The city must fork over the $20 million needed to finish a Sunset Park meadow officials opened years ago without all of its promised amenities, locals demanded.
“We have such a lack of green space in this community, it makes sense for us to really get on the ball and put pressure on the administration and the Economic Development Corporation,” said Cesar Zuniga, chairman of the local Community Board 7.
The city opened Bush Terminal Piers Park in an obscure, waterfront location behind a Second Avenue pool factory in 2014, after a more than decade-long push from community members.
But the park debuted without several promised features, including a playground, an environmental-education center, a rain garden designed to soak up storm water and prevent flooding, and even basic lighting, according to residents, who claimed the city axed the amenities without any notice.
At the time, reps for the city’s Economic Development Corporation — the agency that owns the parkland between 43rd and 51st streets, which is maintained by the Department of Parks and Recreation — told CB7 members that roughly $2–3 million earmarked for construction of those facilities instead went towards cleaning up the former toxic industrial site, according to the panel’s district manager Jeremy Laufer. But the agency never provided specific answers to questions about the incomplete amenities, Laufer claimed.
An Economic Development Corporation spokesman confirmed that unforeseen issues with toxic soil forced the agency to drain its budget to fund the remediation work, so that the park’s grounds would not contaminate locals when it opened.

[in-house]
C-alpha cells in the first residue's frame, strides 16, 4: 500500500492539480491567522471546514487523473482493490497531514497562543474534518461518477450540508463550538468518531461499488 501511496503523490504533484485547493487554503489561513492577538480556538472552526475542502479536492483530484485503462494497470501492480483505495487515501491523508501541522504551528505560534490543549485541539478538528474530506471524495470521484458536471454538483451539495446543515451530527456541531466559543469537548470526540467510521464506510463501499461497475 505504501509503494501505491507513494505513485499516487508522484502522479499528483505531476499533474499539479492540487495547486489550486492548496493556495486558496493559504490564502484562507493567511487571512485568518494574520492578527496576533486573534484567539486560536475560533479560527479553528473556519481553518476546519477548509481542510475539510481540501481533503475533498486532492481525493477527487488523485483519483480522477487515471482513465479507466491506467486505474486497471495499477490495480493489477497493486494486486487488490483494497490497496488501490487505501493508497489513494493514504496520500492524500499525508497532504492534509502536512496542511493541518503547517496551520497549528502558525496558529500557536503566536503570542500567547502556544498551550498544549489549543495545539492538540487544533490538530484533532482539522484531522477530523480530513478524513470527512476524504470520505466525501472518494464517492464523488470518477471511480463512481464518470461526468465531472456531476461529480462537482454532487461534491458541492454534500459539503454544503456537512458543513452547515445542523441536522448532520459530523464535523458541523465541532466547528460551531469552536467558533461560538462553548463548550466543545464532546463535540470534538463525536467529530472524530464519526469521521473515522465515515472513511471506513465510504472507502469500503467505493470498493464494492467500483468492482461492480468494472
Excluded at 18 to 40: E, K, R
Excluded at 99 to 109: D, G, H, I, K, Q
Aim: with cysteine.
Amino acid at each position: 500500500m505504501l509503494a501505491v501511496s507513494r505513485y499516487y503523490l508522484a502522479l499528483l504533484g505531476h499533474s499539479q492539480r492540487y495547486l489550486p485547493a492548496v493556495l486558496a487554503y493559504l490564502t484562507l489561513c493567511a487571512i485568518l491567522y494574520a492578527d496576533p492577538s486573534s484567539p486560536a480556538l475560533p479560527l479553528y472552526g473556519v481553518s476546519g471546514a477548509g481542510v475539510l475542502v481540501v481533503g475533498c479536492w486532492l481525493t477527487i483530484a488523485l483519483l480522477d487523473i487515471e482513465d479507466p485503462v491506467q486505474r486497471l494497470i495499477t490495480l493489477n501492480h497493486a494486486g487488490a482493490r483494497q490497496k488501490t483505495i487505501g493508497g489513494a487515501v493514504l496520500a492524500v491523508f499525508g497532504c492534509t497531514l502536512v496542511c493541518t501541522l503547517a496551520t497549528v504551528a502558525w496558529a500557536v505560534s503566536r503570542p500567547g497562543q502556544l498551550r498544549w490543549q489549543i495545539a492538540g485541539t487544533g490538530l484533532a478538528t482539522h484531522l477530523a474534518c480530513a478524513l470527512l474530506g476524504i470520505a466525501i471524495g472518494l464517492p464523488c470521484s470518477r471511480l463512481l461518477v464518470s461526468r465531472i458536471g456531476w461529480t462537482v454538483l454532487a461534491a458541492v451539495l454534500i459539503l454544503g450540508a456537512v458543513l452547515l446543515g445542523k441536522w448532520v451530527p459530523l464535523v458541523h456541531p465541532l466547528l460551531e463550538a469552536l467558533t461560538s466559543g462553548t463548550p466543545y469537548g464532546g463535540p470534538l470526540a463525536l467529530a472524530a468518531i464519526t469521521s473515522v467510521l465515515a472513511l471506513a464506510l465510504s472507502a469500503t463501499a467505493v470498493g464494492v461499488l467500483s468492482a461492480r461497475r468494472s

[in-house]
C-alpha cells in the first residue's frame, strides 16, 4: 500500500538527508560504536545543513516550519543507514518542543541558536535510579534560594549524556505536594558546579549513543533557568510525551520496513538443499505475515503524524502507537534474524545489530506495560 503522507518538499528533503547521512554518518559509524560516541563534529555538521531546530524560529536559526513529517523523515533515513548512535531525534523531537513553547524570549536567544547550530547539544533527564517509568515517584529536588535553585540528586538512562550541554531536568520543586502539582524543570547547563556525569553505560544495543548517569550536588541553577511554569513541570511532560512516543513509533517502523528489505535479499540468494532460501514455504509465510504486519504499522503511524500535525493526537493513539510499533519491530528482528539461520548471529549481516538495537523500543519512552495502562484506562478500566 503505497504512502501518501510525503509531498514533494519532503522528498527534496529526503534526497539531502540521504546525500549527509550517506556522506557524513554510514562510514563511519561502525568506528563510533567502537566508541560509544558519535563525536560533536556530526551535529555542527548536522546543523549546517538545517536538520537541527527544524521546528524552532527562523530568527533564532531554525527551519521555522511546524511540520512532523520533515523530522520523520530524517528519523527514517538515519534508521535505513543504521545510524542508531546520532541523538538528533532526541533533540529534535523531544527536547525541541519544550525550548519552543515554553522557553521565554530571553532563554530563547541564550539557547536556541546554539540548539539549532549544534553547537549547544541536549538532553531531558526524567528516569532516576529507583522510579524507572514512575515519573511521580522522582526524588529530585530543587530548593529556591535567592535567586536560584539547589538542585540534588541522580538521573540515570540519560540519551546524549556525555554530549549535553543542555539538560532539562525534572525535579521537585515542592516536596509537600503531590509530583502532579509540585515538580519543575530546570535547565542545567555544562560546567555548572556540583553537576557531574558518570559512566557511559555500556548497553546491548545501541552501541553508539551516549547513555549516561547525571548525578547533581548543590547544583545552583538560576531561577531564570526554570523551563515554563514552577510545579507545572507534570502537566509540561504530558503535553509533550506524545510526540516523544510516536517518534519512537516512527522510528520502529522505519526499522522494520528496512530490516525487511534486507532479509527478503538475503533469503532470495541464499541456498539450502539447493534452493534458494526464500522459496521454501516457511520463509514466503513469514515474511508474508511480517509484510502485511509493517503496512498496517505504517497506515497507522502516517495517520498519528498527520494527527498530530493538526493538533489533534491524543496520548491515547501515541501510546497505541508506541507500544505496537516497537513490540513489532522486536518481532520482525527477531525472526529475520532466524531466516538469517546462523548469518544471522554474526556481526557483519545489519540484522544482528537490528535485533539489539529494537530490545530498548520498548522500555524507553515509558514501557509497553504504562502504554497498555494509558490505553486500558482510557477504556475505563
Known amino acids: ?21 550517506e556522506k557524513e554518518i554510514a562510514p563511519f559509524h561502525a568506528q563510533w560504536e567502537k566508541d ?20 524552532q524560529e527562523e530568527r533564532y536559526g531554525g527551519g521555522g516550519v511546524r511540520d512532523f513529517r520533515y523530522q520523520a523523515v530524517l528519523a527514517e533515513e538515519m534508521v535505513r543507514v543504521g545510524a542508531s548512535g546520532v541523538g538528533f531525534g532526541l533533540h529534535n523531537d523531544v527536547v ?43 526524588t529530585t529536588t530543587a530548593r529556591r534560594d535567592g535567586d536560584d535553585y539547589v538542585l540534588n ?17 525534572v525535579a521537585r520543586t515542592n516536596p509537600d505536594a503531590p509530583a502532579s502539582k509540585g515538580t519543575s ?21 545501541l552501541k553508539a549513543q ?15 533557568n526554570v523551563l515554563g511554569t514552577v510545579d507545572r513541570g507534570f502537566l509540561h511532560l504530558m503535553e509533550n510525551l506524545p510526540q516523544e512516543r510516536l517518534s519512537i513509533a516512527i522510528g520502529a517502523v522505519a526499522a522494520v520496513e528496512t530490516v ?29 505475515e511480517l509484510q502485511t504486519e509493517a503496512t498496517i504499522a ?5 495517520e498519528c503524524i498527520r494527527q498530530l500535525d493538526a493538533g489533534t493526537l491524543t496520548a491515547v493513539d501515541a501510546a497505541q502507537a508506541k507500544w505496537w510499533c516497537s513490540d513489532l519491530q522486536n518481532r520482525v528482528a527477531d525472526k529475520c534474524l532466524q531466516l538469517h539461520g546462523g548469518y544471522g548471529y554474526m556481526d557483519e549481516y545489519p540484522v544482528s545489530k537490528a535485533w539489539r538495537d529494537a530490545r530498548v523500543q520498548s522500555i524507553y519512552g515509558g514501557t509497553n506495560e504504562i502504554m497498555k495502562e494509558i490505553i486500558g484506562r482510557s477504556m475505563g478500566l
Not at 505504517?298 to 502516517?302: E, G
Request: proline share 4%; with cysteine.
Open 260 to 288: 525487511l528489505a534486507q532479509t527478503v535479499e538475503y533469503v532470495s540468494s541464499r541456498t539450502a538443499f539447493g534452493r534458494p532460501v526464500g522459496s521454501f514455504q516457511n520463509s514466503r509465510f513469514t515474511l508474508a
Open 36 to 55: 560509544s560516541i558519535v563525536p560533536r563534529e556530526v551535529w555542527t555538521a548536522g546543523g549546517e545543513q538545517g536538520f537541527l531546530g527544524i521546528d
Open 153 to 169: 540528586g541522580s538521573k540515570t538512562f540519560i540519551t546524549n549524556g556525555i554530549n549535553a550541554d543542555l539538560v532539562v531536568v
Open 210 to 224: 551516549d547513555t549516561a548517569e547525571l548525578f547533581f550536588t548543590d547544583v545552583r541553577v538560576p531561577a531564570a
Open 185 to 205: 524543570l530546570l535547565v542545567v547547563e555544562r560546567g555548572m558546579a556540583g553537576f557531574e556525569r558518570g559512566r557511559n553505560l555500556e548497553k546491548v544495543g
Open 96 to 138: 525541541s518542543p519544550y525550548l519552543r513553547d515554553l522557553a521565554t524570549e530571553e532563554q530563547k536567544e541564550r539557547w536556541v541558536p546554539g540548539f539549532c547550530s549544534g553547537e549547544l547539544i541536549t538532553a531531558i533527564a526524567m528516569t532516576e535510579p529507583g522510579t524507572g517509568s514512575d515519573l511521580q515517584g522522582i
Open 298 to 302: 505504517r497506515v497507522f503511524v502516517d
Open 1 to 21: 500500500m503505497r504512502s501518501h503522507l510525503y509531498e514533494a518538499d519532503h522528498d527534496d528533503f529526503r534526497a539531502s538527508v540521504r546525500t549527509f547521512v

“Over the course of the park’s development, unforeseen environmental issues resulted in unexpected project costs,” said Christian Ficara. “The project scope was revised to ensure that the new park would be safe for public recreation.”
Last year, however, the agency sought some $26 million needed to complete green space — but city bean counters only coughed up $6 million for more lighting around the park, according to Laufer, who said the sum surprised many advocates who mistakenly assumed officials would finally fund the long-awaited amenities they already promised the community.
“Last year was the first year we were aware they were asking for this money, and I guess we were a little surprised we didn’t get it,” he said.
And now the civic leaders are going on the offense to get the job done, devoting the March meeting of CB7’s Parks Committee to planning their blitz, which will likely include sending members to Council hearings, meetings with local pols, and organizing a letter-writing campaign after similar tactics helped the panel squash a 2006 plan to cut city funding to Sunset Park High School, according to Laufer.
Getting Bush Terminal Piers Park’s playground built is of utmost importance, according to Zuniga, who said the recently renovated play space within Sunset Park is chronically overcrowded with kids during the summer months.
“It’s a beautiful playground, and I’m really grateful for some of the restoration that’s in place now, but it just seems really unfair,” he said Zuniga. “This neighborhood, it’s bursting at the seems at all levels.”